Black: But one thing, I think, you have to say for Woodford Investment Management is that they are so transparent. So, that portfolio might be illiquid and unusual, but it's published every month for everyone to see. They publish blogs to keep their investors up-to-date with what they are doing even in these more unusual steps they've taken lately. But is that kind of a blessing and a curse?

Brunt: So, it is. I think what we – we take a positive view and we certainly consider them leaders in the respect of disclosure and transparency. They brought fees internal way before anyone else – before MiFID II came into effect. As you mentioned, they are very transparent with their holdings and they are not afraid to defend their position which is more than most fund managers. It can work against you. And I think in this respect where, you know, it's a known fact that other market players have taken short positions in some of the names in that portfolio and I guess they have been helped by the fact that they are transparent and disclose their portfolio on a monthly basis before others. And I think, yes, it is a bit of a blessing and a curse. But we definitely commend more transparency and disclosure over less in general.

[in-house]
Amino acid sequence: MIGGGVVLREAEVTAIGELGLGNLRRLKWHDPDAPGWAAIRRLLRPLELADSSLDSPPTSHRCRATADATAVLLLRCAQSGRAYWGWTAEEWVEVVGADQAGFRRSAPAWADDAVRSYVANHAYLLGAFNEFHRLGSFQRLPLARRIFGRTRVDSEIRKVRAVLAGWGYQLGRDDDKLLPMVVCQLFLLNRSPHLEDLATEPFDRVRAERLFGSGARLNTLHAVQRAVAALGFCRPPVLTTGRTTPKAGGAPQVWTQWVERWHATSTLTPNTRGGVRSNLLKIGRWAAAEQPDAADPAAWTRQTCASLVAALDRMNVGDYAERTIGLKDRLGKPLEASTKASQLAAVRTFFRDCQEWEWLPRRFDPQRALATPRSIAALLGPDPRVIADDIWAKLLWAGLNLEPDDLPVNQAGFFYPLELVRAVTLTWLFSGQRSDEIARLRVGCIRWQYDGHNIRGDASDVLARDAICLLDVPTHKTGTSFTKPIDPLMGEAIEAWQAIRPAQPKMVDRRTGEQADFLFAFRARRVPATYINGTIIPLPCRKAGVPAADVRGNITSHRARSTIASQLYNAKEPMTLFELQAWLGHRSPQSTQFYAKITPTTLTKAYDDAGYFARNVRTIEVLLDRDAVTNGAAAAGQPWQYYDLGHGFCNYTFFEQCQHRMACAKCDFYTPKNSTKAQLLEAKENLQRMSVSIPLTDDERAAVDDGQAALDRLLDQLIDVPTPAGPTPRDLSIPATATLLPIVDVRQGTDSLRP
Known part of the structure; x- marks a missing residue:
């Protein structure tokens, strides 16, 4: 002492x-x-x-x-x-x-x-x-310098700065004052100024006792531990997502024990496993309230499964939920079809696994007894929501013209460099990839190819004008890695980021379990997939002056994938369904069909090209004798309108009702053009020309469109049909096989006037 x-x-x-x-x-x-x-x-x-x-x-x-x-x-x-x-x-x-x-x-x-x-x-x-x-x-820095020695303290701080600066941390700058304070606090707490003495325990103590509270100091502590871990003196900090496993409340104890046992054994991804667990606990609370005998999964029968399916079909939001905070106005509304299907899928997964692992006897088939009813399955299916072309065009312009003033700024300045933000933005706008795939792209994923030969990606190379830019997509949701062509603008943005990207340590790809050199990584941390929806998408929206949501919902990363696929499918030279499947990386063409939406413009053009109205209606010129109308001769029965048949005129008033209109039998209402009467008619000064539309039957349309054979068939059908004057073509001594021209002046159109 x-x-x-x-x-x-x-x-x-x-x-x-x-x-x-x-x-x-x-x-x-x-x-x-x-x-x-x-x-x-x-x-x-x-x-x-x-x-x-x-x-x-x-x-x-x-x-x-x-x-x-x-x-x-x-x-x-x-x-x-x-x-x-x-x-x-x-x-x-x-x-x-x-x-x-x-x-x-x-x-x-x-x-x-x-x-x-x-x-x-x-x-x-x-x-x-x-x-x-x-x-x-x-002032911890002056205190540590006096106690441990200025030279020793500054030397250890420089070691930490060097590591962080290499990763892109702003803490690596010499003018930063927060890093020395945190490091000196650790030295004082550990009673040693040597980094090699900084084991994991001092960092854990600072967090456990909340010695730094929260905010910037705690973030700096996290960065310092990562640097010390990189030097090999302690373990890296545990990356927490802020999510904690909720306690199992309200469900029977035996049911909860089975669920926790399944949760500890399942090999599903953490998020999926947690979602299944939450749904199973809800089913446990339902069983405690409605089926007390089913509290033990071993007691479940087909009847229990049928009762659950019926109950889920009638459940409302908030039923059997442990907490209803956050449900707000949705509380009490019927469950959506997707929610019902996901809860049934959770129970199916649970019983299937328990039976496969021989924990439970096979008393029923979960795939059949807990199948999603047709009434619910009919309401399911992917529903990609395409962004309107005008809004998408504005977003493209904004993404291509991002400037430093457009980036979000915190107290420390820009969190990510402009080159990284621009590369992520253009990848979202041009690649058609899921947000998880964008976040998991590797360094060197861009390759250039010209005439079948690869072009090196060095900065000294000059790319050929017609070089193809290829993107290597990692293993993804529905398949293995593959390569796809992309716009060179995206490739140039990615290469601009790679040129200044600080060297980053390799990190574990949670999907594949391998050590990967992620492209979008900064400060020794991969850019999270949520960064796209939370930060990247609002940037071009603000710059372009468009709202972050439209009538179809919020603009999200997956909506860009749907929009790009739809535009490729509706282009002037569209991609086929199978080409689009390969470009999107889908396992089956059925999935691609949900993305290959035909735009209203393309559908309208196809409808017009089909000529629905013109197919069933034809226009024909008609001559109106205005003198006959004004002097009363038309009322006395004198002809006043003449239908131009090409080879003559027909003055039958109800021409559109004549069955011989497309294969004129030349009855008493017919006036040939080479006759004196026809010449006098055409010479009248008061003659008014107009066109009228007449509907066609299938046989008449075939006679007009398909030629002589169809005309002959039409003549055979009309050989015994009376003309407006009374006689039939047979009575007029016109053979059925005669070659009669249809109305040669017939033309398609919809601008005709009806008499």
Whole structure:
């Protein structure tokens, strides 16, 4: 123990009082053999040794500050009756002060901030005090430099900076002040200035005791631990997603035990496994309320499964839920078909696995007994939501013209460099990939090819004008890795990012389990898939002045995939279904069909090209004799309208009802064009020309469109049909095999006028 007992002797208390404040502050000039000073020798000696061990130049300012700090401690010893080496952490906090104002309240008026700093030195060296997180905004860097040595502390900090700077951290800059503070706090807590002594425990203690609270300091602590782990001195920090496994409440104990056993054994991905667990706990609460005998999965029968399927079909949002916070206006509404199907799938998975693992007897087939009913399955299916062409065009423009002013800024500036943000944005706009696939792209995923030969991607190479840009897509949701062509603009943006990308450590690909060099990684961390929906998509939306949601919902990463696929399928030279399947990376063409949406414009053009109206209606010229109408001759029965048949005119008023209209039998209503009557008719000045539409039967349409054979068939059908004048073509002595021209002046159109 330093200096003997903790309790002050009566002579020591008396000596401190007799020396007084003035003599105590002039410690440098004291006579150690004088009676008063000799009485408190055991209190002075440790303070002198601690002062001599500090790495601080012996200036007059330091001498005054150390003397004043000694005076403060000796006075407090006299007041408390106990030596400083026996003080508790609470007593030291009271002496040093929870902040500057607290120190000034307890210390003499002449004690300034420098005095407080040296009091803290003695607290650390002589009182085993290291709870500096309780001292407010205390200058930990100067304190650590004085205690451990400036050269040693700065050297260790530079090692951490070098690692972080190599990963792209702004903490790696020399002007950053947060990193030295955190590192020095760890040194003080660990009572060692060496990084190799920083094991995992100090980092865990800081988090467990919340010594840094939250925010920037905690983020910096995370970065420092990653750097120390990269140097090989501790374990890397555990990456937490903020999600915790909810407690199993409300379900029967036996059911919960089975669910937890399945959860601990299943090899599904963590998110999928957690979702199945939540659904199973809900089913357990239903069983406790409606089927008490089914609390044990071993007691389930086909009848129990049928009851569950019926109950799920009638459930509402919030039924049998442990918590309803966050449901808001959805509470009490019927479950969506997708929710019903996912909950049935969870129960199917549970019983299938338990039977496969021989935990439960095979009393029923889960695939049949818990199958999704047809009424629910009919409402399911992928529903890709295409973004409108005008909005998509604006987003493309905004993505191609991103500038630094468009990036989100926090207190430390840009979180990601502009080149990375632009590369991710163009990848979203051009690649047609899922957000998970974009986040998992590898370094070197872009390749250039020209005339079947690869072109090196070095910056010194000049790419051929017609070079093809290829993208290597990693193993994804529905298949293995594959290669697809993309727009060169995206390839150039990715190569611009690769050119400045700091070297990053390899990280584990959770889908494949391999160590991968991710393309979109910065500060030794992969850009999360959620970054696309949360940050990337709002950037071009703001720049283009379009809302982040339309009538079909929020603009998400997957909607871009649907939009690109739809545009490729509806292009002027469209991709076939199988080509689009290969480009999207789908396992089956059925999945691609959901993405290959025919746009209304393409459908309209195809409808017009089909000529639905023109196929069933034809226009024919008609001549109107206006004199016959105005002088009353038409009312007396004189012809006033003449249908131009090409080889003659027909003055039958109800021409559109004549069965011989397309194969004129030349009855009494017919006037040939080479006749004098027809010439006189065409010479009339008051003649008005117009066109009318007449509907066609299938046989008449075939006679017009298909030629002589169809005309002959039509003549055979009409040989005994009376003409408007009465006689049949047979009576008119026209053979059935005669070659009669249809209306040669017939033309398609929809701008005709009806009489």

Black: Well, thank you very much for your time. 

Brunt: You're welcome.

Black: Thanks for joining us.

The information contained within is for educational and informational purposes ONLY. It is not intended nor should it be considered an invitation or inducement to buy or sell a security or securities noted within nor should it be viewed as a communication intended to persuade or incite you to buy or sell security or securities noted within. Any commentary provided is the opinion of the author and should not be considered a personalised recommendation. The information contained within should not be a person's sole basis for making an investment decision. Please contact your financial professional before making an investment decision.

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Holly Black  is Senior Editor, Morningstar.co.uk